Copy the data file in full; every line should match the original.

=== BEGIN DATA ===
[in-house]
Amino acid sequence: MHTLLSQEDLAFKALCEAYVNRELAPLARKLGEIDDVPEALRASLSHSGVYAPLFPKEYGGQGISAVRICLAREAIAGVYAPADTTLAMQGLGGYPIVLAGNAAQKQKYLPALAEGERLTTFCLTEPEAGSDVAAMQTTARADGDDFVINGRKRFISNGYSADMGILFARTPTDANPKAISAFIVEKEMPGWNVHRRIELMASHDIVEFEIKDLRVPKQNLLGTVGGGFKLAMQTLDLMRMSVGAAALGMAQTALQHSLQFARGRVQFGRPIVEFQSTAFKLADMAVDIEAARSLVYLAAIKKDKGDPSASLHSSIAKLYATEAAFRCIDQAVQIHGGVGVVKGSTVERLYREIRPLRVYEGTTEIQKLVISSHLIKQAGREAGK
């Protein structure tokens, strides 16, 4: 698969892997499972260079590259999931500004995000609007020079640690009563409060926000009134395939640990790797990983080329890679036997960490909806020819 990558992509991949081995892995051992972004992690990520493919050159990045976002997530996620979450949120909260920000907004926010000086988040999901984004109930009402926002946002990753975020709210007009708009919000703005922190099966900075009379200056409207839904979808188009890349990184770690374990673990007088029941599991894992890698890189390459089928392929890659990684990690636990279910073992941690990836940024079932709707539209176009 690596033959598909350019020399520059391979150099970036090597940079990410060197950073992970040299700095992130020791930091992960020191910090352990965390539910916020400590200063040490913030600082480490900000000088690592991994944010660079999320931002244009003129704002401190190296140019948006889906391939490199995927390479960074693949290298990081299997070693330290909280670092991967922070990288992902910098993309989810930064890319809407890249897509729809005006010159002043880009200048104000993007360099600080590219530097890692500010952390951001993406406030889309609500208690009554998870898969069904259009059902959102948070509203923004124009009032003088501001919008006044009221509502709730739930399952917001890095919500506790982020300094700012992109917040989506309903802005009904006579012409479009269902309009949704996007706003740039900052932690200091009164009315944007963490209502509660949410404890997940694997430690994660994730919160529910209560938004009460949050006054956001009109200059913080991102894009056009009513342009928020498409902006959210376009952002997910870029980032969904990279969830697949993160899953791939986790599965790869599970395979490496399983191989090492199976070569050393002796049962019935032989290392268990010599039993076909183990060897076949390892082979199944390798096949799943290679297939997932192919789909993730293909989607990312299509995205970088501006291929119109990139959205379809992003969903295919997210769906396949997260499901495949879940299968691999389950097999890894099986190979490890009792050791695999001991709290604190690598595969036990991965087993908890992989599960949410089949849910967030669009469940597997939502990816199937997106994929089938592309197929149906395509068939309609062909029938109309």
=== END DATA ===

[in-house]
Amino acid sequence: MHTLLSQEDLAFKALCEAYVNRELAPLARKLGEIDDVPEALRASLSHSGVYAPLFPKEYGGQGISAVRICLAREAIAGVYAPADTTLAMQGLGGYPIVLAGNAAQKQKYLPALAEGERLTTFCLTEPEAGSDVAAMQTTARADGDDFVINGRKRFISNGYSADMGILFARTPTDANPKAISAFIVEKEMPGWNVHRRIELMASHDIVEFEIKDLRVPKQNLLGTVGGGFKLAMQTLDLMRMSVGAAALGMAQTALQHSLQFARGRVQFGRPIVEFQSTAFKLADMAVDIEAARSLVYLAAIKKDKGDPSASLHSSIAKLYATEAAFRCIDQAVQIHGGVGVVKGSTVERLYREIRPLRVYEGTTEIQKLVISSHLIKQAGREAGK
């Protein structure tokens, strides 16, 4: 698969892997499972260079590259999931500004995000609007020079640690009563409060926000009134395939640990790797990983080329890679036997960490909806020819 990558992509991949081995892995051992972004992690990520493919050159990045976002997530996620979450949120909260920000907004926010000086988040999901984004109930009402926002946002990753975020709210007009708009919000703005922190099966900075009379200056409207839904979808188009890349990184770690374990673990007088029941599991894992890698890189390459089928392929890659990684990690636990279910073992941690990836940024079932709707539209176009 690596033959598909350019020399520059391979150099970036090597940079990410060197950073992970040299700095992130020791930091992960020191910090352990965390539910916020400590200063040490913030600082480490900000000088690592991994944010660079999320931002244009003129704002401190190296140019948006889906391939490199995927390479960074693949290298990081299997070693330290909280670092991967922070990288992902910098993309989810930064890319809407890249897509729809005006010159002043880009200048104000993007360099600080590219530097890692500010952390951001993406406030889309609500208690009554998870898969069904259009059902959102948070509203923004124009009032003088501001919008006044009221509502709730739930399952917001890095919500506790982020300094700012992109917040989506309903802005009904006579012409479009269902309009949704996007706003740039900052932690200091009164009315944007963490209502509660949410404890997940694997430690994660994730919160529910209560938004009460949050006054956001009109200059913080991102894009056009009513342009928020498409902006959210376009952002997910870029980032969904990279969830697949993160899953791939986790599965790869599970395979490496399983191989090492199976070569050393002796049962019935032989290392268990010599039993076909183990060897076949390892082979199944390798096949799943290679297939997932192919789909993730293909989607990312299509995205970088501006291929119109990139959205379809992003969903295919997210769906396949997260499901495949879940299968691999389950097999890894099986190979490890009792050791695999001991709290604190690598595969036990991965087993908890992989599960949410089949849910967030669009469940597997939502990816199937997106994929089938592309197929149906395509068939309609062909029938109309």